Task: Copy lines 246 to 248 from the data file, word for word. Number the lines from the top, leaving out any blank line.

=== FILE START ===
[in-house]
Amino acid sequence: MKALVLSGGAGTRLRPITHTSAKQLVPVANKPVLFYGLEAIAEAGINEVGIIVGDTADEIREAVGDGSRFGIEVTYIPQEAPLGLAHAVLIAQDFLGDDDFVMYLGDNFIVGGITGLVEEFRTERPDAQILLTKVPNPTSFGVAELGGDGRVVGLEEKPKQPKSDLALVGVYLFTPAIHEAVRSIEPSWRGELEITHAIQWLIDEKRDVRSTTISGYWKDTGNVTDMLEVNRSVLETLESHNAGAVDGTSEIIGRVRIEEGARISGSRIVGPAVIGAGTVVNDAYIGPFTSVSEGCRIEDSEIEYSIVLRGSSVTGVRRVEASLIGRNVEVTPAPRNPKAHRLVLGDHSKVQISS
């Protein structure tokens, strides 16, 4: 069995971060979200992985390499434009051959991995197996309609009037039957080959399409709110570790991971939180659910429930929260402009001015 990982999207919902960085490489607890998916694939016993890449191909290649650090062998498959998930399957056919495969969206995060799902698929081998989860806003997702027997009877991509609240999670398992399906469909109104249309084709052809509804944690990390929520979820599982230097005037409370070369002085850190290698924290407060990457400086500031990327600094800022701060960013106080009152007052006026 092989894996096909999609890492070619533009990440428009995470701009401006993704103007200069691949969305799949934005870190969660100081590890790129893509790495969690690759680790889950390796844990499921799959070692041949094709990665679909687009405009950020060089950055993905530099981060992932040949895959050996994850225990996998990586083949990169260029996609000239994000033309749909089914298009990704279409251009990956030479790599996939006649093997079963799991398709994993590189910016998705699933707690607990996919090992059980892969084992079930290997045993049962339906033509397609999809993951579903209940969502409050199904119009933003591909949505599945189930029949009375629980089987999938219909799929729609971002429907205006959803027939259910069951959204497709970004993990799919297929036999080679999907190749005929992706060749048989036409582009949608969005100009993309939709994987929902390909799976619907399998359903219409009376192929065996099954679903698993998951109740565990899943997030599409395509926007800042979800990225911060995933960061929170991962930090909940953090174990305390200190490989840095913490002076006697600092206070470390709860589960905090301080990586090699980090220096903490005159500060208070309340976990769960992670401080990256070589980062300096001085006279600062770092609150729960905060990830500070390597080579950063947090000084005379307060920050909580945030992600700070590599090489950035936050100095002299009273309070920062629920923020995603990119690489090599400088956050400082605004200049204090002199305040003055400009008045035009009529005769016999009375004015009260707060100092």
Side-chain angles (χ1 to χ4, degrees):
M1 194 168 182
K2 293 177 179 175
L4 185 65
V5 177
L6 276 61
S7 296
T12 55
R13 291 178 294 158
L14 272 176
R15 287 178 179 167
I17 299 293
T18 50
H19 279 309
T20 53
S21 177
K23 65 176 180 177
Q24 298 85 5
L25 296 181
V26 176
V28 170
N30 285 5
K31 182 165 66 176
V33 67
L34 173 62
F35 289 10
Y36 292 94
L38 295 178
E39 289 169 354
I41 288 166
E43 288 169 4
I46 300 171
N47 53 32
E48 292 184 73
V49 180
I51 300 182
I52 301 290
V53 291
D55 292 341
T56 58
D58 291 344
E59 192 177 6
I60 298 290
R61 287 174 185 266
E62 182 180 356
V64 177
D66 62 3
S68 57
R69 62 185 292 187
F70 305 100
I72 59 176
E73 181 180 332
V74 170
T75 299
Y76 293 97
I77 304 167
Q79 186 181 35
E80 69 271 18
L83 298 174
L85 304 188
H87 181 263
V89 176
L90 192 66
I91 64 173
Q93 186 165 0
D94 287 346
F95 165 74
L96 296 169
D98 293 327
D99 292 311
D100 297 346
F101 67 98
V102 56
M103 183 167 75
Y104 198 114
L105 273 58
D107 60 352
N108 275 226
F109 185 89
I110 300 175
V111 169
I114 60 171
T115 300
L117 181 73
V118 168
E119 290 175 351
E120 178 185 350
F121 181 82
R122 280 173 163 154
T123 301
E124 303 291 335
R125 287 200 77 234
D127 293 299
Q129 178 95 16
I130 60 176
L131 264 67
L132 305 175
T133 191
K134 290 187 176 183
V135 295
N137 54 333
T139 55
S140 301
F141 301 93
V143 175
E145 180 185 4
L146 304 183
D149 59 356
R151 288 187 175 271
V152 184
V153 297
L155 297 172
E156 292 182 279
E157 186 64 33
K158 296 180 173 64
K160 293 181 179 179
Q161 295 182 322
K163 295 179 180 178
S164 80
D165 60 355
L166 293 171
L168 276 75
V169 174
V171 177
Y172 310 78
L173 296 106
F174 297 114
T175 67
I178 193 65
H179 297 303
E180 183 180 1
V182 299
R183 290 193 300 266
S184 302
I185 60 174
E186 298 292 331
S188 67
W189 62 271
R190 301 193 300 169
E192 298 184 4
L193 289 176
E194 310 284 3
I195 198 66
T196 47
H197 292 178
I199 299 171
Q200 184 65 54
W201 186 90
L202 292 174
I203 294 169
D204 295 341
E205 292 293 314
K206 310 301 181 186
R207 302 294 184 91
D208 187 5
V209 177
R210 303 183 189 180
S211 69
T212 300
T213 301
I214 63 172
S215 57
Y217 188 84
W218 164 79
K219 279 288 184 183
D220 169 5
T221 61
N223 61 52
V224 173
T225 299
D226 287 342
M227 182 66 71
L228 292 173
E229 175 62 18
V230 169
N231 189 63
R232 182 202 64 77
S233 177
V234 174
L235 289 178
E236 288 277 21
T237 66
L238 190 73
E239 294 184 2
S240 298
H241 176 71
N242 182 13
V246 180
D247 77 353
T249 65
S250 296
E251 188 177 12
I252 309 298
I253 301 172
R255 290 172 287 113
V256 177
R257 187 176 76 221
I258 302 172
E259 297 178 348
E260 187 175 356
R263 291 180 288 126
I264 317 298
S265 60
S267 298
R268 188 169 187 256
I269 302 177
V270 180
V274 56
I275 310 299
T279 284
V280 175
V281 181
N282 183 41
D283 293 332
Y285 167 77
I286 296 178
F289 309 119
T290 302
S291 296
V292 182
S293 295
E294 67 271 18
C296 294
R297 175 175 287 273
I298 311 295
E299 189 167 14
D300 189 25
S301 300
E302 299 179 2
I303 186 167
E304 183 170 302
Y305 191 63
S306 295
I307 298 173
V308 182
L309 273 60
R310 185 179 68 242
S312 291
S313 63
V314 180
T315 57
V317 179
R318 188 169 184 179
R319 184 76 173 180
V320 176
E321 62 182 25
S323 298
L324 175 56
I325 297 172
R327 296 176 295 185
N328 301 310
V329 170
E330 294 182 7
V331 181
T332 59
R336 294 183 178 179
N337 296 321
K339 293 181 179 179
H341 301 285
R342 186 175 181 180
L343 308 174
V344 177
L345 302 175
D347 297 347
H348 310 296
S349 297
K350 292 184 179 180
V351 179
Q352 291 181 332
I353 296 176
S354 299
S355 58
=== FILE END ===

R318 188 169 184 179
R319 184 76 173 180
V320 176